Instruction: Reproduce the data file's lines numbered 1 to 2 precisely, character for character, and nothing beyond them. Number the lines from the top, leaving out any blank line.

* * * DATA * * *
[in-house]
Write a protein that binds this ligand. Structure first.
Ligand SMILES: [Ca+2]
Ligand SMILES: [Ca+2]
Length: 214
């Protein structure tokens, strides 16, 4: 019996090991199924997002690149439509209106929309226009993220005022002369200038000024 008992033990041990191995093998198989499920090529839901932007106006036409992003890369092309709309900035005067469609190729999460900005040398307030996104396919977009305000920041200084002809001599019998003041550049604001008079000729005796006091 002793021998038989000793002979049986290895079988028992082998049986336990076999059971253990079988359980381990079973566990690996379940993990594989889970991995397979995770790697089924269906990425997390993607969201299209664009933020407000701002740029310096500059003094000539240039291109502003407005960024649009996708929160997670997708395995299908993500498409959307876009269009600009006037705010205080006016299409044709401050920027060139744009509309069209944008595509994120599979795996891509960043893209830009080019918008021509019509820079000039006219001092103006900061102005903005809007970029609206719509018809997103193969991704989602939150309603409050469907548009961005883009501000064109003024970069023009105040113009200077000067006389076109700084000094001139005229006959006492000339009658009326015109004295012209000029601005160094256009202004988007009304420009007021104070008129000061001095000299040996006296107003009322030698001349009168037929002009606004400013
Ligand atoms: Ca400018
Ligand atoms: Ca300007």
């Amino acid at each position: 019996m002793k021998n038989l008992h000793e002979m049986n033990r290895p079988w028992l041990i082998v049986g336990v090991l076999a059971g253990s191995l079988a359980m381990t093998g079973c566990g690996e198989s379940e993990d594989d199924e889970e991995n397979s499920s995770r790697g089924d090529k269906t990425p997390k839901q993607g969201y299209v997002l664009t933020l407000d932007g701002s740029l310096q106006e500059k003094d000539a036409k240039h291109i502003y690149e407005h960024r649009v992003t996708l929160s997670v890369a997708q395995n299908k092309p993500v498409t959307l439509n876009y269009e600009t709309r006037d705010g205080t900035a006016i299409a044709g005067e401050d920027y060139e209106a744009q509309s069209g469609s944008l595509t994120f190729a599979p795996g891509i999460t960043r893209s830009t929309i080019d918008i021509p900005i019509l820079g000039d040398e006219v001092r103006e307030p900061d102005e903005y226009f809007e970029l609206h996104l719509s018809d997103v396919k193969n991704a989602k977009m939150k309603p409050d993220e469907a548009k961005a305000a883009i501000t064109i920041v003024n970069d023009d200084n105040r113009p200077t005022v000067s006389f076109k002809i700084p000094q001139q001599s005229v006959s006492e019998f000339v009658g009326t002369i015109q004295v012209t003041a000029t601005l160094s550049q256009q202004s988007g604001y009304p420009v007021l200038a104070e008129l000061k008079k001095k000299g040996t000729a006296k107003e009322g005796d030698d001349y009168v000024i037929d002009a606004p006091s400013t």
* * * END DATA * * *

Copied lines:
[in-house]
Write a protein that binds this ligand. Structure first.